A predictive model based on multiple coastal anthropogenic pressures explains the degradation status of a marine ecosystem: Implications for management and conservation - Archive ouverte HAL Access content directly
Journal Articles Biological Conservation Year : 2018

A predictive model based on multiple coastal anthropogenic pressures explains the degradation status of a marine ecosystem: Implications for management and conservation

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Abstract

During the last fifty years, there has been a dramatic increase in the development of anthropogenic activities, and this is particularly threatening to marine coastal ecosystems. The management of these multiple and simultaneous anthropogenic pressures requires reliable and precise data on their distribution, as well as information (data, modelling) on their potential effects on sensitive ecosystems. Focusing on Posidonia oceanica beds, a threatened habitat-forming seagrass species endemic to the Mediterranean, we developed a statistical approach to study the complex relationship between human multiple activities and ecosystem status. We used Random Forest modelling to explain the degradation status of P. oceanica (defined herein as the shift from seagrass bed to dead matte) as a function of depth and 10 anthropogenic pressures along the French Mediterranean coast (1700 km of coastline including Corsica). Using a 50 x 50 m grid cells dataset, we obtained a particularly accurate model explaining 71.3 % of the variance, with a Pearson correlation of 0.84 between predicted and observed values. Human-made coastline, depth, coastal population, urbanization, and agriculture were the best global predictors of P. oceanica's degradation status. Aquaculture was the least important predictor, although its local individual influence was among the highest. Non-linear relationship between predictors and seagrass beds status was detected with tipping points (i.e. thresholds) for all variables except agriculture and industrial effluents. Using these tipping points, we built a map representing the coastal seagrass beds classified into four categories according to an increasing pressure gradient and its risk of phase shift. Our approach provides important information that can be used to help managers preserve this essential and endangered ecosystem.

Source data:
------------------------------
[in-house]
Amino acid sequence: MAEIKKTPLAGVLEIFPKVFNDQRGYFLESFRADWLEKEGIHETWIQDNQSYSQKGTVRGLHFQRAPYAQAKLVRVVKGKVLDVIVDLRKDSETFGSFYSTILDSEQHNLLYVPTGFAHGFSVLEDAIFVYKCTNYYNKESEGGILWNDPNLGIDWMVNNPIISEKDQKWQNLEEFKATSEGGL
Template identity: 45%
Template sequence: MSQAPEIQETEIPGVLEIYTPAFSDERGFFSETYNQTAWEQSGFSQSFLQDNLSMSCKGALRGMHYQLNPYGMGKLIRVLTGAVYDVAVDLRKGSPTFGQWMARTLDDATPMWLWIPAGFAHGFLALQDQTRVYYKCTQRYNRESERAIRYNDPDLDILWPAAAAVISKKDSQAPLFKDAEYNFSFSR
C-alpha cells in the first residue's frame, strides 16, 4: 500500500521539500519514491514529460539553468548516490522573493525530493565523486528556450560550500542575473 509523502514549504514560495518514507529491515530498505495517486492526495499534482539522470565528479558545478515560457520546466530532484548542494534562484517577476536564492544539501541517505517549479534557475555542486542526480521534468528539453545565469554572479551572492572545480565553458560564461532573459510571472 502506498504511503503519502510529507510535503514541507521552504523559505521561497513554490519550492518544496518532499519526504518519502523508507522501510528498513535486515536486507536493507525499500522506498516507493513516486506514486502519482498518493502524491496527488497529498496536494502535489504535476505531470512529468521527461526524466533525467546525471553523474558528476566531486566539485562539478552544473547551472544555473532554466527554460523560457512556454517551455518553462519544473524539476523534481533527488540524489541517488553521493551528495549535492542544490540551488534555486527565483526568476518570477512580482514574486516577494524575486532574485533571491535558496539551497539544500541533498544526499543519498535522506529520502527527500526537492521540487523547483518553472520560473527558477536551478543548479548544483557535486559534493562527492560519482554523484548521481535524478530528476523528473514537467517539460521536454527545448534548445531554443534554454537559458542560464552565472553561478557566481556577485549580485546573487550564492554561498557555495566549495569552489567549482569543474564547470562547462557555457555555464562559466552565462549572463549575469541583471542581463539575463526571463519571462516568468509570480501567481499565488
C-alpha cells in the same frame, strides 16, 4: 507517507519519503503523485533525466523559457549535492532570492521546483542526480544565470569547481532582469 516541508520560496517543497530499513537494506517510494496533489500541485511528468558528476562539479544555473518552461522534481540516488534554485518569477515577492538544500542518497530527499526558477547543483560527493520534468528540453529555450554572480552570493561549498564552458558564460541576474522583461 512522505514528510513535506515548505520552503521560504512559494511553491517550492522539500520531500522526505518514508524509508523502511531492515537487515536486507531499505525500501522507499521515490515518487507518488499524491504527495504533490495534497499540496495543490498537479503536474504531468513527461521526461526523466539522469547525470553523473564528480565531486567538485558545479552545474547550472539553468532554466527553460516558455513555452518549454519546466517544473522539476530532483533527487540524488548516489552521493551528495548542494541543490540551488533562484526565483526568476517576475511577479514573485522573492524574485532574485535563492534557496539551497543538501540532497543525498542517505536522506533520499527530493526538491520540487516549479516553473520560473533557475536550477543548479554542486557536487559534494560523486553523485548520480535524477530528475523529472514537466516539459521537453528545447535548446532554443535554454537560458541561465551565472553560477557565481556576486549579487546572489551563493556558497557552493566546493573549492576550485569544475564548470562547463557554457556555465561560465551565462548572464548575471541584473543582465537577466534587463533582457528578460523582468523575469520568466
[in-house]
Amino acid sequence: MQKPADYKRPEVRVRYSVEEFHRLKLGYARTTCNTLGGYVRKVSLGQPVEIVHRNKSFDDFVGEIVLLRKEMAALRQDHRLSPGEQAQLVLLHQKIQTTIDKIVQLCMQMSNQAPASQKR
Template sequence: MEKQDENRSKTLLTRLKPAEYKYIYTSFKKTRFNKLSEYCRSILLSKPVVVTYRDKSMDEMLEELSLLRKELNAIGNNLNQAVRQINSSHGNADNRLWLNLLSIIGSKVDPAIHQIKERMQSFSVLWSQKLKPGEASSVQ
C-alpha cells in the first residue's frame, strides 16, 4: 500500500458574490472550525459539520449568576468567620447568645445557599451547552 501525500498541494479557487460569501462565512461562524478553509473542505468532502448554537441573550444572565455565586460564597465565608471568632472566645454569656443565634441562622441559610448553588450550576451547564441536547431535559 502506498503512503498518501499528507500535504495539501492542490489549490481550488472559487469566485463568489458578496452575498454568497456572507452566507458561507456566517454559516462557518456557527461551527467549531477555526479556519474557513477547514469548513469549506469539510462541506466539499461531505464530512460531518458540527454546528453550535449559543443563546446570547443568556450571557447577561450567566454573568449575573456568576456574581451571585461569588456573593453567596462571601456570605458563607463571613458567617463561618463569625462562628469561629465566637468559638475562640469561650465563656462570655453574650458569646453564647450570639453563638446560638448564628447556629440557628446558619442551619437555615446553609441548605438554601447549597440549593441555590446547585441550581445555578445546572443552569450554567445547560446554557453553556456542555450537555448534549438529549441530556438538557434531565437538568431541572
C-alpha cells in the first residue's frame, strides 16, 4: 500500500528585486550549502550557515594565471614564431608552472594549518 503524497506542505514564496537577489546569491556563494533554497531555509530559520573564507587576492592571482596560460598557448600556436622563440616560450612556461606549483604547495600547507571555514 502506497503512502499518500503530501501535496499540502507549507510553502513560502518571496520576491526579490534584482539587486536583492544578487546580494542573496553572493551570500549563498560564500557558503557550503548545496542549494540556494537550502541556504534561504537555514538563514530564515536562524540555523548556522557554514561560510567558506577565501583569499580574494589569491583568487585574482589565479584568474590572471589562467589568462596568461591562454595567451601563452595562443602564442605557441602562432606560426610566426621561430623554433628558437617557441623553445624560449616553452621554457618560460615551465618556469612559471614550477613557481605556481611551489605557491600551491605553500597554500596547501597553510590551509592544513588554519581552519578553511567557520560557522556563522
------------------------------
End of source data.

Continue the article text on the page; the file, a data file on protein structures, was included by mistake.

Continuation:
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Dates and versions

hal-02346572 , version 1 (04-12-2019)

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Florian Holon, Guilhem Marre, Valeriano Parravicini, Nicolas Mouquet, Thomas Bockel, et al.. A predictive model based on multiple coastal anthropogenic pressures explains the degradation status of a marine ecosystem: Implications for management and conservation. Biological Conservation, 2018, 222, pp.125-135. ⟨10.1016/j.biocon.2018.04.006⟩. ⟨hal-02346572⟩
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